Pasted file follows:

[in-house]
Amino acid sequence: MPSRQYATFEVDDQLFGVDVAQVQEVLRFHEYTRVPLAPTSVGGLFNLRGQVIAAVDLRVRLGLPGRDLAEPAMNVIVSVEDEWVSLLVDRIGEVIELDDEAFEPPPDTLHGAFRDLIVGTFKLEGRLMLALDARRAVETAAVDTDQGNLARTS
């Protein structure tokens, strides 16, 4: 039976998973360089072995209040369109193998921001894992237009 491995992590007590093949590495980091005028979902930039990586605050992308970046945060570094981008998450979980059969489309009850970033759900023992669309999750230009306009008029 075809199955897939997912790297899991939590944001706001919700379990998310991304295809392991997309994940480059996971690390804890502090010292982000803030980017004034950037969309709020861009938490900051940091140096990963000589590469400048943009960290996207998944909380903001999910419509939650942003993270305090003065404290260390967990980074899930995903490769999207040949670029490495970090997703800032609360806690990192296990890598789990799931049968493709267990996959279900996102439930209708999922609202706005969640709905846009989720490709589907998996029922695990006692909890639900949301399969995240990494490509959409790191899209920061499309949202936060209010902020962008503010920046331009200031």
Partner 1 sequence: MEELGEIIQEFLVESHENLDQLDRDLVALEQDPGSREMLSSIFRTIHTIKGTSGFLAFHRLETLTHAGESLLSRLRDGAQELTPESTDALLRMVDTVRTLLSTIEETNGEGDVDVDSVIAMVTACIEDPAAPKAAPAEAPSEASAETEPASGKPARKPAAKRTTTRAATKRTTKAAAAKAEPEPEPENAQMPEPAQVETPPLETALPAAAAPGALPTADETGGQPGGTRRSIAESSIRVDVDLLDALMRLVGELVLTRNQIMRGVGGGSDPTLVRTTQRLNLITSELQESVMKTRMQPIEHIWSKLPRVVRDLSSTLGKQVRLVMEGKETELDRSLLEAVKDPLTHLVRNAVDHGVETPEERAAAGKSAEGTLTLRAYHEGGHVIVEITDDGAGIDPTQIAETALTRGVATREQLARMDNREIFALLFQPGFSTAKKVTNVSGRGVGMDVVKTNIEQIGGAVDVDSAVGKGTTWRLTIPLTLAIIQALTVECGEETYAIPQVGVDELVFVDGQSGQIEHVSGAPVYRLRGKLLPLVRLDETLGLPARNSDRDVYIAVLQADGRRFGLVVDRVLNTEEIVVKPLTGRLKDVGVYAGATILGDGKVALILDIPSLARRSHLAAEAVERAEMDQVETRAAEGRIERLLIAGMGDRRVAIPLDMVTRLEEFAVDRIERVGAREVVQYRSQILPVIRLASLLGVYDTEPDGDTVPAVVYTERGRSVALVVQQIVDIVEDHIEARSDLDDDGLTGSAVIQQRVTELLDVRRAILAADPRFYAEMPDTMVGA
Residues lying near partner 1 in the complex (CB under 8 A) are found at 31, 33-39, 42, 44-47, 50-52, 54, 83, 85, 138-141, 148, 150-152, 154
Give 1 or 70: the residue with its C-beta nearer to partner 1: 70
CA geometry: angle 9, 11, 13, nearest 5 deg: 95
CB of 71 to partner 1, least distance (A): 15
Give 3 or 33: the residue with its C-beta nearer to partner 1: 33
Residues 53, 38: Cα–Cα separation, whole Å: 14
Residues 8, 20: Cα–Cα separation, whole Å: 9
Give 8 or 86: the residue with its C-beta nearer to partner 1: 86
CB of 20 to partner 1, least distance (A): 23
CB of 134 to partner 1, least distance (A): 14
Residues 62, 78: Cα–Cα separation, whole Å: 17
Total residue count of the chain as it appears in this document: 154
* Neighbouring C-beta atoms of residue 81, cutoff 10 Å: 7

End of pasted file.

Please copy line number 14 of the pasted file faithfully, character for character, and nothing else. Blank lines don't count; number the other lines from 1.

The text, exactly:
CB of 134 to partner 1, least distance (A): 14